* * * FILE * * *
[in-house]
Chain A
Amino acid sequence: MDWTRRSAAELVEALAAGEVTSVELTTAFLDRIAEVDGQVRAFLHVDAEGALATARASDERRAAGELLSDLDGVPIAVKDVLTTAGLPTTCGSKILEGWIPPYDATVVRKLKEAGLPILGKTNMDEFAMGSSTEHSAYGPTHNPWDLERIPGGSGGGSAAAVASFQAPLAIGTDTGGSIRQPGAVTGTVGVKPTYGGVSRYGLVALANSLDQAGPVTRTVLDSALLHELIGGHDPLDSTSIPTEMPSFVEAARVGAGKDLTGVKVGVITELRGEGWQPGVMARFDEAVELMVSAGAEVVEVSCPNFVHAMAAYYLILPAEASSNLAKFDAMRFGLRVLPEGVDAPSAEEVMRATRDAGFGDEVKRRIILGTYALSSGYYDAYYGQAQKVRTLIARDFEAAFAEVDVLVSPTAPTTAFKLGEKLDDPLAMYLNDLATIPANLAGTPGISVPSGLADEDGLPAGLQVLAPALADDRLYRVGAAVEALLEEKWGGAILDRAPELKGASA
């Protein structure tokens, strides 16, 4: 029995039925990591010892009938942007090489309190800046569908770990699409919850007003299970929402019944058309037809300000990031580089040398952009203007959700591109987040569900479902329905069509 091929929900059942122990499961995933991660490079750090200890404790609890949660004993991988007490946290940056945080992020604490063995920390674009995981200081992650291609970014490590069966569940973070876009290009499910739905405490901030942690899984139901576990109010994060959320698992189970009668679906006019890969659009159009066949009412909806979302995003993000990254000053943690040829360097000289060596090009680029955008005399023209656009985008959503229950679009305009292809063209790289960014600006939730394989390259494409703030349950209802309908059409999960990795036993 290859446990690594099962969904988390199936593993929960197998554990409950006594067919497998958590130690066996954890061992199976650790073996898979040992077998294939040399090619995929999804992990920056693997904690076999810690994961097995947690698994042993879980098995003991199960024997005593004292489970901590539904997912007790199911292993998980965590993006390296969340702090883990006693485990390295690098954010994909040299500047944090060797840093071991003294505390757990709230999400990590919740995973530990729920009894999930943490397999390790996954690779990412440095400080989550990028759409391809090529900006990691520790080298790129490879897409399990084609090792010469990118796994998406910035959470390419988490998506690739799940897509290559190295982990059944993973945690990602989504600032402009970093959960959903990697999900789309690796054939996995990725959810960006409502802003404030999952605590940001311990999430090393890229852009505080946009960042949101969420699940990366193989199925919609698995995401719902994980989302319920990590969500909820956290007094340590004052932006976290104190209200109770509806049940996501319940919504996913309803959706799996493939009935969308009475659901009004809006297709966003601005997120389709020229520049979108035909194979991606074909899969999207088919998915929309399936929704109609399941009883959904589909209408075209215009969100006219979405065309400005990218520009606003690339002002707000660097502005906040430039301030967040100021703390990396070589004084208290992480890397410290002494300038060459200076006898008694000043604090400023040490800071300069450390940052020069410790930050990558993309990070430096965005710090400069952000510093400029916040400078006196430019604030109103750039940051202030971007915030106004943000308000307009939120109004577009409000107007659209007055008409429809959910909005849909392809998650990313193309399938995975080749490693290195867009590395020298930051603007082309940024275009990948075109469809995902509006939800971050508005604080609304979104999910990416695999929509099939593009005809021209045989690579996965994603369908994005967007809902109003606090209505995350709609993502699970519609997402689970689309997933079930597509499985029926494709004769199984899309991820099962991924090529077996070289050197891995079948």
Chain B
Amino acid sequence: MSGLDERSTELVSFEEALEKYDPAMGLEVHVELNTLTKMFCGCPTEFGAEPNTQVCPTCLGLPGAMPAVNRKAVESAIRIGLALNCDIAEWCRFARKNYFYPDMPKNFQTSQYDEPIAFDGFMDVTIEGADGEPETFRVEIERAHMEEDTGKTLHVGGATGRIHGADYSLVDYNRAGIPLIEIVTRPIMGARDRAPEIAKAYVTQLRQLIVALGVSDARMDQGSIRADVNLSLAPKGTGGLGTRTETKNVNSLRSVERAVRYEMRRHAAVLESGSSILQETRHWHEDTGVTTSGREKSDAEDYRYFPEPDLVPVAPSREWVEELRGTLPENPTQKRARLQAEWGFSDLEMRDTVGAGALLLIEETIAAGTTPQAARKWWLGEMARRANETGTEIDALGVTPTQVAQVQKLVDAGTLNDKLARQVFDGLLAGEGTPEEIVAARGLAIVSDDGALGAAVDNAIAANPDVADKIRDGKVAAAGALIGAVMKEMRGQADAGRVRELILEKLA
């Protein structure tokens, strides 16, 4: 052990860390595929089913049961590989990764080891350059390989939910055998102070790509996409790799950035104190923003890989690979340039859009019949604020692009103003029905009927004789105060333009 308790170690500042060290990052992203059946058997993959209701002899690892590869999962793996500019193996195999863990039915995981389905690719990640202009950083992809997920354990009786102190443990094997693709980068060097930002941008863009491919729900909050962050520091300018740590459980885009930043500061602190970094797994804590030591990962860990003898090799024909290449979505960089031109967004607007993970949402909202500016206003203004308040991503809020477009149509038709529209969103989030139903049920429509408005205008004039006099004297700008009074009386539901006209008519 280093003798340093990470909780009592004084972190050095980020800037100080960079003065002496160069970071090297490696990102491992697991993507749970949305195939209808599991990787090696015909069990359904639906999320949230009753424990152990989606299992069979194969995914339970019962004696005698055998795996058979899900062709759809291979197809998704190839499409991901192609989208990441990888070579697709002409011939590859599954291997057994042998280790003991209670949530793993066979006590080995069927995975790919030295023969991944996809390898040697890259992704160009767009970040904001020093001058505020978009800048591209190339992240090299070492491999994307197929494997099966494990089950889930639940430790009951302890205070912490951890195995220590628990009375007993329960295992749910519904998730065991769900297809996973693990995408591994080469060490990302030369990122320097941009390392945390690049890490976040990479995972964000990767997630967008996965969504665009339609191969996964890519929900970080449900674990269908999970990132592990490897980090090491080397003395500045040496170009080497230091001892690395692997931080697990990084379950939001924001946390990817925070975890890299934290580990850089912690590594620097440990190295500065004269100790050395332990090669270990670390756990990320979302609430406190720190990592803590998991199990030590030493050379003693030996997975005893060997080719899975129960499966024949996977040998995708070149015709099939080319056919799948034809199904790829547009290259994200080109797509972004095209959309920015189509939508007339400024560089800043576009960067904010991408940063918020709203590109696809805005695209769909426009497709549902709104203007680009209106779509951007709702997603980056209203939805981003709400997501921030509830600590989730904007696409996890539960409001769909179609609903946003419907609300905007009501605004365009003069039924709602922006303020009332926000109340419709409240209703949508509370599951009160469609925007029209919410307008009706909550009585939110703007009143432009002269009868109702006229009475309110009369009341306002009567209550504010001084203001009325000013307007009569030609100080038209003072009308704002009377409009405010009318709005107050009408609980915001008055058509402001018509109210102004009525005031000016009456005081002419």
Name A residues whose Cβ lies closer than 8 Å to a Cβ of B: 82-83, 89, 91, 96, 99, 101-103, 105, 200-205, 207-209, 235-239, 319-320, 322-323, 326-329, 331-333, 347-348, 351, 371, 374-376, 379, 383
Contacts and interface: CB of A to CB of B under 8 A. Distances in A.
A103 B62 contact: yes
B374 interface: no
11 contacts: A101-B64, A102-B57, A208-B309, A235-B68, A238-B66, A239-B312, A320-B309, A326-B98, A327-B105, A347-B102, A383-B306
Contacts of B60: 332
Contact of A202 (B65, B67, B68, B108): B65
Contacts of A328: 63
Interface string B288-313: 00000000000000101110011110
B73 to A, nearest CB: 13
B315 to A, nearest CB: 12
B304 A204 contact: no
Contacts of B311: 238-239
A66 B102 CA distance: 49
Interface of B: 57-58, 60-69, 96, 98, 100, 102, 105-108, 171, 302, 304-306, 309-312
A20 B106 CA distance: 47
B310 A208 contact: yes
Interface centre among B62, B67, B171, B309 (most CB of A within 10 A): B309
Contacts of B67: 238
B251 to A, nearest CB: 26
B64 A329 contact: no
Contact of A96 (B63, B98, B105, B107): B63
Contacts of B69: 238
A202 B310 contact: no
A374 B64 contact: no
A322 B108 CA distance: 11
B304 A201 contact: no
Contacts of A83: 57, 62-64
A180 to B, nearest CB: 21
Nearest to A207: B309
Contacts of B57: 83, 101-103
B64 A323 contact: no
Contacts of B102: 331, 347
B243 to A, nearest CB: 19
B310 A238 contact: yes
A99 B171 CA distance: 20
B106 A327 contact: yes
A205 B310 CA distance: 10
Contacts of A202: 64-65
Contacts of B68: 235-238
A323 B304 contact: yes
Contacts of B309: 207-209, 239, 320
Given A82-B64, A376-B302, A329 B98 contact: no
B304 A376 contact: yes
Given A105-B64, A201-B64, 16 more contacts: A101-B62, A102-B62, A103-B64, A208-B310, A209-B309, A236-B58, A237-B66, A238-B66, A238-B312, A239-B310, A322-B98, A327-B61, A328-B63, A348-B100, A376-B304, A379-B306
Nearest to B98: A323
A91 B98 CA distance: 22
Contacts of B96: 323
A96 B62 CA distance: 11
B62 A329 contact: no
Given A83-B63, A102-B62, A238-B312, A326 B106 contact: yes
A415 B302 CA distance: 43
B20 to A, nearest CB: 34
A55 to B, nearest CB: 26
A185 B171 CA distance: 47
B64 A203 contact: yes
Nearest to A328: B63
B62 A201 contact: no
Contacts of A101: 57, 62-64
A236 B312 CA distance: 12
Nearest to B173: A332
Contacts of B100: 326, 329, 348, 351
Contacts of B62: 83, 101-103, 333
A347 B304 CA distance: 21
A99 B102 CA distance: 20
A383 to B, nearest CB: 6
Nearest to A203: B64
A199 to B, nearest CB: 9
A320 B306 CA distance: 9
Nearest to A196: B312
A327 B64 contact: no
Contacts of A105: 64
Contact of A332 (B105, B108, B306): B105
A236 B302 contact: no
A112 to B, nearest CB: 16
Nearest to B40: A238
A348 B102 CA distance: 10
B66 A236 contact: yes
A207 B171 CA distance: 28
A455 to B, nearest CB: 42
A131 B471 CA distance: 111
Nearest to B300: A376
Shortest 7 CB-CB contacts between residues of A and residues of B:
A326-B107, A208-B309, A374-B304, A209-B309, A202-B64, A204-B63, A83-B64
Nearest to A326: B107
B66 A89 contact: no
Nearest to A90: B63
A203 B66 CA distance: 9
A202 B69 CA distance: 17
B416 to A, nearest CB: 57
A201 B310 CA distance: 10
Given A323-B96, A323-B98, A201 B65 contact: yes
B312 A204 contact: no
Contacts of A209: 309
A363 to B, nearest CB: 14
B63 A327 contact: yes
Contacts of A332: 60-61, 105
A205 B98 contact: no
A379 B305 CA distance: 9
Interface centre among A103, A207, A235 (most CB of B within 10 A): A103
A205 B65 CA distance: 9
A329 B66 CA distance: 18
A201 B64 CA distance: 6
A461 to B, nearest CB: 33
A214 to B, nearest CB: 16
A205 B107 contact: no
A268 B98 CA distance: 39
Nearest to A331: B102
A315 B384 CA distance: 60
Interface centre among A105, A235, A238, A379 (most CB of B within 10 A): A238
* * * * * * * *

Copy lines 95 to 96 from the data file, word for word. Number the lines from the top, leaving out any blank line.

A203 B66 CA distance: 9
A202 B69 CA distance: 17